Nour’s family fled Iraq in 1994 thinking they were leaving their home country for good. Nour did not know what country she would call their new home, nor could she predict the impact she would have on the lives of other women some 23 years later, back in Iraq.
The family spent seven years in Turkey waiting for their refugee application to be processed. During this time, Nour’s mother Insaf supported the family by sewing and selling passport bags, bible covers and handbags at local bazars and churches in Istanbul. They were eventually resettled in Canada in 2001. IOM did the travel arrangements in cooperation with the Government of Canada.
Insaf used to frequently return to Iraq to visit family, friends and the community she had left behind. In 2009, a grown up and curious Nour asked her mother if she could go along on one of these trips; and that changed her life.
“When I visited Iraq for the first time after leaving, I fell in love,’’ Nour said. ‘’It was all so much simpler and new to me. I loved seeing chickens running around in the streets, the smell of fuel from the kerosene heater at home, being able to heat bread on the heater in the morning, the fresh yoghurt. I loved all these little things.”
Nour also fell in love in Iraq when she met Malath. The two got married two years later and decided to stay.
She took on raising her children as a fulltime job, but wanted to use her extra time productively to help her community in Ainkawa, Erbil Governorate – a predominantly Christian neighbourhood which sheltered a significant number of Syrian refugees. With the start of the ISIL conflict in 2014, Ainkawa sheltered even more internally displaced persons leaving the neighbouring Ninewa Governorate.
“There were so many refugees and displaced women here, sitting at home with no in come and nothing to do to get them out of their dark thoughts,’’ Nour explained. ‘’So my mom came up with the idea of starting a sewing project. She had the skills to train the women and I had the time to run the project. A local church also supported us with a small space to set up the workshop.”
“It was always my dream to start a sewing factory where women work and take charge of the project. Women have always been my target: I know that when a woman is happy, it will reflect well on her family, work and behaviour,” Insaf added.
The "Hopeful Hands" sewing factory started thanks to the dedication of Nour and Insaf, the small space they were given in the church, and second-hand sewing machines. Insaf started training the women to measure, cut, sew, overlock, iron and package, while Nour ran the factory.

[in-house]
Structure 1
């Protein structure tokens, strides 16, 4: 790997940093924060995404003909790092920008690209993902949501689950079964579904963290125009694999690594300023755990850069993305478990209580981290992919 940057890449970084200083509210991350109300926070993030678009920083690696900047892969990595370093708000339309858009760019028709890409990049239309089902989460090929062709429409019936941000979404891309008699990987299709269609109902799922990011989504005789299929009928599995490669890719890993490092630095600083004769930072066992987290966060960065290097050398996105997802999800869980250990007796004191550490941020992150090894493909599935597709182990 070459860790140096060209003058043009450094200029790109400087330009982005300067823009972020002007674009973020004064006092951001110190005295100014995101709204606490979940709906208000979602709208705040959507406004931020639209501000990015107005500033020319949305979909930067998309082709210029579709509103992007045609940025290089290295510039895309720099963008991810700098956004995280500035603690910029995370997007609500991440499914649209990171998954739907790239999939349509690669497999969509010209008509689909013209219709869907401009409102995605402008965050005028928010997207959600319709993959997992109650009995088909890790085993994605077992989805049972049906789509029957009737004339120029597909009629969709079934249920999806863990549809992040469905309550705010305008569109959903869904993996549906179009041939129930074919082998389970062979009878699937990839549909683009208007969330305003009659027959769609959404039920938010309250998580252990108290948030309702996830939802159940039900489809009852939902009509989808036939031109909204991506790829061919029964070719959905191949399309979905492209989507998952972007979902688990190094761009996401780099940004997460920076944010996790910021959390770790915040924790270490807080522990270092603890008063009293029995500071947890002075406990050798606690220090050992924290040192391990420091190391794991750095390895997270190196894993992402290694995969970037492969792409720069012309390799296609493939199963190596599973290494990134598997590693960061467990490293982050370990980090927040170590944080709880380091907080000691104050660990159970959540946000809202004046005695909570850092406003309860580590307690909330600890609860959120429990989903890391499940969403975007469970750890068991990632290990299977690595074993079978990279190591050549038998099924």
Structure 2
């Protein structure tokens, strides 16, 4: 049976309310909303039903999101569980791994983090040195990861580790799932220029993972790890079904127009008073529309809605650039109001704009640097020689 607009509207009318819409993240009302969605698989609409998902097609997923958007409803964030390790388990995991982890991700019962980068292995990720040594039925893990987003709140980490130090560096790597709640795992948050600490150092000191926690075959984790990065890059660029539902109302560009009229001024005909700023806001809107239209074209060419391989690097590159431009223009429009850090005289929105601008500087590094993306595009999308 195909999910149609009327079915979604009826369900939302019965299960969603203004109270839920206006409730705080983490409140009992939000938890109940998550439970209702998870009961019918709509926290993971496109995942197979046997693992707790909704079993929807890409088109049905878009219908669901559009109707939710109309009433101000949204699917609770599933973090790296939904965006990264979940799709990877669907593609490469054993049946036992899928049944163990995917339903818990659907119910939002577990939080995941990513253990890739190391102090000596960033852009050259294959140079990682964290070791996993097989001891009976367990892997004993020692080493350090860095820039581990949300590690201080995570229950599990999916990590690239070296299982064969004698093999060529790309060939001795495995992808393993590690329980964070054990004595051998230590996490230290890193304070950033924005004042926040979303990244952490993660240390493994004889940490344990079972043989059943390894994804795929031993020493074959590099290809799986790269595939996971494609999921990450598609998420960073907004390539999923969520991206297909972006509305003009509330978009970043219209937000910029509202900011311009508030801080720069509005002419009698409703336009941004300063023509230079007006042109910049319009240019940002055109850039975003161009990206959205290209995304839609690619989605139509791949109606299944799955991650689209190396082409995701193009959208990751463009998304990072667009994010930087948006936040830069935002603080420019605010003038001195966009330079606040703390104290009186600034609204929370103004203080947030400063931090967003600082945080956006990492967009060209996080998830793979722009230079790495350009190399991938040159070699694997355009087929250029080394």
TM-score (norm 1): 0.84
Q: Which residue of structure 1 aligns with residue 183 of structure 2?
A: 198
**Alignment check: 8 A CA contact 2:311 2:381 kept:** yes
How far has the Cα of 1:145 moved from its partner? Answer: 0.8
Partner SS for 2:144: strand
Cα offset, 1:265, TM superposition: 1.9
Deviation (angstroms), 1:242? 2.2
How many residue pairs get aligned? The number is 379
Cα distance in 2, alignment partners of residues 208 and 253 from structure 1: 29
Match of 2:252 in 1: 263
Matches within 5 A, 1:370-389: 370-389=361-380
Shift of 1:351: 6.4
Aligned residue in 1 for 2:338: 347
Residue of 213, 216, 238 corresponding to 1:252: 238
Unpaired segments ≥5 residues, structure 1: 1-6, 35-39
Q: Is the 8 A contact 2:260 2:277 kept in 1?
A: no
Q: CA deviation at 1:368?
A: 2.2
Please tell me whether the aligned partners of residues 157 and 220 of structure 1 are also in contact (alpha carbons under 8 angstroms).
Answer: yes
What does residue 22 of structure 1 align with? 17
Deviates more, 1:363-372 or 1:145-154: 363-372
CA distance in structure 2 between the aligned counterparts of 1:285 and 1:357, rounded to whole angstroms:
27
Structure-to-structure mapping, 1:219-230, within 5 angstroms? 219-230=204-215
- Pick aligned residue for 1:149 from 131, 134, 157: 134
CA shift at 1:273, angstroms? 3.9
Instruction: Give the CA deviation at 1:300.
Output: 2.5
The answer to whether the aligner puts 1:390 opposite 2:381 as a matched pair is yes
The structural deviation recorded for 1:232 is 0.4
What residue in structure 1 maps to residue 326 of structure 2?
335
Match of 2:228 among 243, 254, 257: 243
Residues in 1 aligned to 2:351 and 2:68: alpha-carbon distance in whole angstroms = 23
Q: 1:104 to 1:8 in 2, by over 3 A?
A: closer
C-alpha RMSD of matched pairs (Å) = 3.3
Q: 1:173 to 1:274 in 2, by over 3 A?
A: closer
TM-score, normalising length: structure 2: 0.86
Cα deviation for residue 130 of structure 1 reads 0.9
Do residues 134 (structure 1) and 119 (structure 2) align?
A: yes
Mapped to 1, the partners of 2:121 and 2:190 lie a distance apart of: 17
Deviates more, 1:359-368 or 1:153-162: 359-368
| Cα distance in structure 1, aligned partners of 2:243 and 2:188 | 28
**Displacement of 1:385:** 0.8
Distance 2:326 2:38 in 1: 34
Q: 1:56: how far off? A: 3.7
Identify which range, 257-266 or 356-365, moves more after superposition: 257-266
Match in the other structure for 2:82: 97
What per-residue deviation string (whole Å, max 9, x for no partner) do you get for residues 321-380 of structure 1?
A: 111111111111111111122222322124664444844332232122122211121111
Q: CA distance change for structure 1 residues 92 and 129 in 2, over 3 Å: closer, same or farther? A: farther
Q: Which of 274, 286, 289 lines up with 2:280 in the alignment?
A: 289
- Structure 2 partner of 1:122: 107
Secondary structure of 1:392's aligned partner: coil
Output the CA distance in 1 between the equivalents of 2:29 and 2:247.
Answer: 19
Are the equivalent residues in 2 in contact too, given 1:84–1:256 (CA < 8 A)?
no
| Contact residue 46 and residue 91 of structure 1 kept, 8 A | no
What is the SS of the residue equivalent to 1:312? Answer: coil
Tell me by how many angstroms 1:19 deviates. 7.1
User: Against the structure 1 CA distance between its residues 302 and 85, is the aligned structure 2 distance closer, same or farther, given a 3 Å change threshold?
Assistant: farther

On the first day, two women signed up; by the end of the first two weeks there were 20 participants. The women are between the ages of 16 and 65. Some are married, others are single, and they come from different backgrounds – Christians, Muslims, Arabs, Kurds and Assyrians. But all of them have the same objective: to support their families.
Hopeful Hands has now moved out of the church and rented its own space. IOM, the UN Migration Agency, has equipped the workshop with eight new sewing machines, 60 pairs of scissors, a brand new cutting table, a generator, packaging bags, and 40 rolls of fabric. “With all this new equipment, we are now able to produce 50 sheets per day instead of 15,” Nour revealed.
“I work as a volunteer here and I am putting all my heart into this project because I was a refugee myself and have lived this process. So for me it is important to see the project grow and expand," she added.
Of the 29 women working at the factory, 17 are Syrian refugees. Flora is one of them.
“My husband is unemployed and I am the only one working,’’ Flora said. ‘’I learned about this sewing factory through some friends and I was very interested. I quickly learned to sew after a two-week training and I’m really good at it. In the factory I feel that I am a human being who can work, be productive and make a difference in my family’s life.’’
Hopeful Hands mainly produces bed sheets, but the women also make bags, covers and pillows, as well as custom-made items. The factory was named Hopeful Hands because these women all “work with their hands and are hoping for a better future, better life, better career and better country,” Nour explained.
“People tell me that I could get a good job because of my experience. But I tell them that if I leave the factory, 29 ladies would have to stay home."
The women work at the factory five days a week that allows them to support their families. They are also sewing a life together, in which they feel like one big-family despite their diverse backgrounds. They work together as one, supporting each other at all times and sharing their joys as well as their sorrows.